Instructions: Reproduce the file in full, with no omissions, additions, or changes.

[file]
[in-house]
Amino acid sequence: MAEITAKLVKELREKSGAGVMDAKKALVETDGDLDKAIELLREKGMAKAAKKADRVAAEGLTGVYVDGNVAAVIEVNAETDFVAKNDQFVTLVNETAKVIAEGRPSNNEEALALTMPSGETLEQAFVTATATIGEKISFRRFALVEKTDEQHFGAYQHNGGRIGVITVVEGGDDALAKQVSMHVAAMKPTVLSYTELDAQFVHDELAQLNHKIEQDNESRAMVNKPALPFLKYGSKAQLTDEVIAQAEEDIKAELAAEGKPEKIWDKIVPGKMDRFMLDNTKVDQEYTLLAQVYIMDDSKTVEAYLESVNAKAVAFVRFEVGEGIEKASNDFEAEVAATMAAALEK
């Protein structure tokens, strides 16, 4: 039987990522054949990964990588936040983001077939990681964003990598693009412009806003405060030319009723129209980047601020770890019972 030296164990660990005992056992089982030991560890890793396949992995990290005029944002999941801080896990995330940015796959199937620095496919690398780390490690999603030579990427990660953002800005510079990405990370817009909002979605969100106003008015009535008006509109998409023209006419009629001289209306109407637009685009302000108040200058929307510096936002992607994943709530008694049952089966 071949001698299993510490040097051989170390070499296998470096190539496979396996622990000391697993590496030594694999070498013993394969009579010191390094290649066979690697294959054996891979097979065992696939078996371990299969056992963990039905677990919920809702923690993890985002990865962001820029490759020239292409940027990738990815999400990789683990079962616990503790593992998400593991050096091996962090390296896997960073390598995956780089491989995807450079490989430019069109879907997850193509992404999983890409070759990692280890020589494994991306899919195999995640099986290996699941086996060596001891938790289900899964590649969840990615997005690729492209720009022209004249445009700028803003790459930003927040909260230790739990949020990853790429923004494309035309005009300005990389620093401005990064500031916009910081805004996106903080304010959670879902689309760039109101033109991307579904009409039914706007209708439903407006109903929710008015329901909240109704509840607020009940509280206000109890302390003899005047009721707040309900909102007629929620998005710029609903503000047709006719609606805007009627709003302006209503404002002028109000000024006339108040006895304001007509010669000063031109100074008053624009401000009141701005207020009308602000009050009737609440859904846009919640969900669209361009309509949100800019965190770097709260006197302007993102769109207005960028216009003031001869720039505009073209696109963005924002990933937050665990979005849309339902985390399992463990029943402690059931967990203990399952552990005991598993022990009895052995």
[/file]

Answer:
[in-house]
Amino acid sequence: MAEITAKLVKELREKSGAGVMDAKKALVETDGDLDKAIELLREKGMAKAAKKADRVAAEGLTGVYVDGNVAAVIEVNAETDFVAKNDQFVTLVNETAKVIAEGRPSNNEEALALTMPSGETLEQAFVTATATIGEKISFRRFALVEKTDEQHFGAYQHNGGRIGVITVVEGGDDALAKQVSMHVAAMKPTVLSYTELDAQFVHDELAQLNHKIEQDNESRAMVNKPALPFLKYGSKAQLTDEVIAQAEEDIKAELAAEGKPEKIWDKIVPGKMDRFMLDNTKVDQEYTLLAQVYIMDDSKTVEAYLESVNAKAVAFVRFEVGEGIEKASNDFEAEVAATMAAALEK
């Protein structure tokens, strides 16, 4: 039987990522054949990964990588936040983001077939990681964003990598693009412009806003405060030319009723129209980047601020770890019972 030296164990660990005992056992089982030991560890890793396949992995990290005029944002999941801080896990995330940015796959199937620095496919690398780390490690999603030579990427990660953002800005510079990405990370817009909002979605969100106003008015009535008006509109998409023209006419009629001289209306109407637009685009302000108040200058929307510096936002992607994943709530008694049952089966 071949001698299993510490040097051989170390070499296998470096190539496979396996622990000391697993590496030594694999070498013993394969009579010191390094290649066979690697294959054996891979097979065992696939078996371990299969056992963990039905677990919920809702923690993890985002990865962001820029490759020239292409940027990738990815999400990789683990079962616990503790593992998400593991050096091996962090390296896997960073390598995956780089491989995807450079490989430019069109879907997850193509992404999983890409070759990692280890020589494994991306899919195999995640099986290996699941086996060596001891938790289900899964590649969840990615997005690729492209720009022209004249445009700028803003790459930003927040909260230790739990949020990853790429923004494309035309005009300005990389620093401005990064500031916009910081805004996106903080304010959670879902689309760039109101033109991307579904009409039914706007209708439903407006109903929710008015329901909240109704509840607020009940509280206000109890302390003899005047009721707040309900909102007629929620998005710029609903503000047709006719609606805007009627709003302006209503404002002028109000000024006339108040006895304001007509010669000063031109100074008053624009401000009141701005207020009308602000009050009737609440859904846009919640969900669209361009309509949100800019965190770097709260006197302007993102769109207005960028216009003031001869720039505009073209696109963005924002990933937050665990979005849309339902985390399992463990029943402690059931967990203990399952552990005991598993022990009895052995």